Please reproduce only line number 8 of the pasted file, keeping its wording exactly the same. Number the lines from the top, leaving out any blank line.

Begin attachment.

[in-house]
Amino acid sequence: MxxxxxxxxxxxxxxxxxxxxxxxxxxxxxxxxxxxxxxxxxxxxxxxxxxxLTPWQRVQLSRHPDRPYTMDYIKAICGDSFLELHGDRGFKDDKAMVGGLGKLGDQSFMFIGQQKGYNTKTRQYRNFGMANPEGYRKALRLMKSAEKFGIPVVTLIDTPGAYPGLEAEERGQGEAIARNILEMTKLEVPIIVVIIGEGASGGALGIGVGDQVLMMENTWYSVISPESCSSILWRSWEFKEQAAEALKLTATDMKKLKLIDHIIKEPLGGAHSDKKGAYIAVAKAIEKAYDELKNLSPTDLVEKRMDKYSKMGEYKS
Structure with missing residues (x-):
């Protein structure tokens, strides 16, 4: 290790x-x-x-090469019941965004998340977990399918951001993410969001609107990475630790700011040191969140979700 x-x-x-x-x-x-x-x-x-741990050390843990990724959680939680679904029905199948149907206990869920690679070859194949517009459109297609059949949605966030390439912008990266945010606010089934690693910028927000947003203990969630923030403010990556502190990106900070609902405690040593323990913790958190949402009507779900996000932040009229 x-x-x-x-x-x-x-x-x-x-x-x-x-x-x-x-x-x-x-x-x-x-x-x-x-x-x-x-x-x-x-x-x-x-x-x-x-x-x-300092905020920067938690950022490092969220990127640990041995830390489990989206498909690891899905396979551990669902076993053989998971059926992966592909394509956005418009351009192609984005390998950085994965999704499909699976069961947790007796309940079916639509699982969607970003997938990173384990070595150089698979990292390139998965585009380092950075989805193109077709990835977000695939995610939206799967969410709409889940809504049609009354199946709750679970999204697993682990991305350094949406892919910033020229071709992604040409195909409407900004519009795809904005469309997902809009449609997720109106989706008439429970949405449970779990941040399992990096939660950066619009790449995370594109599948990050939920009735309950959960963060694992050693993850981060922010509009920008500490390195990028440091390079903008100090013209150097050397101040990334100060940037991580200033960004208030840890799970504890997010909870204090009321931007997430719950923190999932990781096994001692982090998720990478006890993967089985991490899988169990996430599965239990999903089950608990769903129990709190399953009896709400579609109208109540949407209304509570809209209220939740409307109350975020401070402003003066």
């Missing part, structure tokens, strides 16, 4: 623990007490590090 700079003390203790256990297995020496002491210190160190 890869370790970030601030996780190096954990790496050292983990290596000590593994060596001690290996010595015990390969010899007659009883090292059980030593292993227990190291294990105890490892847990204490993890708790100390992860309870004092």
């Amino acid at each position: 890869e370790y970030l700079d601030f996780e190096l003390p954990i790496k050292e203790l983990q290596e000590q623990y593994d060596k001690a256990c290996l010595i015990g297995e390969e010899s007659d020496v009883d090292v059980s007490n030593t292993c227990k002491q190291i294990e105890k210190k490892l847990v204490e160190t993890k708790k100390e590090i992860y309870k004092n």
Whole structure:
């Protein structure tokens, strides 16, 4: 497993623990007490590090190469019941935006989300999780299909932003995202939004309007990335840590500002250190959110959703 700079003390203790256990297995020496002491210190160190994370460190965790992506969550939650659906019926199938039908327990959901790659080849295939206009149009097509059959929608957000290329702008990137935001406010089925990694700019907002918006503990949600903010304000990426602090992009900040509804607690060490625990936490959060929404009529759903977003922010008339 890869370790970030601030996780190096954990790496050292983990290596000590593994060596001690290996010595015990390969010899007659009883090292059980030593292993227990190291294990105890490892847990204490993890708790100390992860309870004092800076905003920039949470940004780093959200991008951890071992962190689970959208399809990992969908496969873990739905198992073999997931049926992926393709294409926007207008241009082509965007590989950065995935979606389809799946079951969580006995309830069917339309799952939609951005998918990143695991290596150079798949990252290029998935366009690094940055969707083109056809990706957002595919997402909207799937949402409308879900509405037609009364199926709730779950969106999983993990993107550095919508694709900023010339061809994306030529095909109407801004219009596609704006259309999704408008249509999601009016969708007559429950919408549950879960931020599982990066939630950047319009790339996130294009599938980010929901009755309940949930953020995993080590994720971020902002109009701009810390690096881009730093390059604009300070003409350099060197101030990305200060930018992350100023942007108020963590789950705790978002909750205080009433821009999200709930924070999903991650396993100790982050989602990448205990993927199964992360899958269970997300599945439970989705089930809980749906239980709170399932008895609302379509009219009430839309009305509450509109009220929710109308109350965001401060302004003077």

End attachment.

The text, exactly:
């Protein structure tokens, strides 16, 4: 497993623990007490590090190469019941935006989300999780299909932003995202939004309007990335840590500002250190959110959703 700079003390203790256990297995020496002491210190160190994370460190965790992506969550939650659906019926199938039908327990959901790659080849295939206009149009097509059959929608957000290329702008990137935001406010089925990694700019907002918006503990949600903010304000990426602090992009900040509804607690060490625990936490959060929404009529759903977003922010008339 890869370790970030601030996780190096954990790496050292983990290596000590593994060596001690290996010595015990390969010899007659009883090292059980030593292993227990190291294990105890490892847990204490993890708790100390992860309870004092800076905003920039949470940004780093959200991008951890071992962190689970959208399809990992969908496969873990739905198992073999997931049926992926393709294409926007207008241009082509965007590989950065995935979606389809799946079951969580006995309830069917339309799952939609951005998918990143695991290596150079798949990252290029998935366009690094940055969707083109056809990706957002595919997402909207799937949402409308879900509405037609009364199926709730779950969106999983993990993107550095919508694709900023010339061809994306030529095909109407801004219009596609704006259309999704408008249509999601009016969708007559429950919408549950879960931020599982990066939630950047319009790339996130294009599938980010929901009755309940949930953020995993080590994720971020902002109009701009810390690096881009730093390059604009300070003409350099060197101030990305200060930018992350100023942007108020963590789950705790978002909750205080009433821009999200709930924070999903991650396993100790982050989602990448205990993927199964992360899958269970997300599945439970989705089930809980749906239980709170399932008895609302379509009219009430839309009305509450509109009220929710109308109350965001401060302004003077």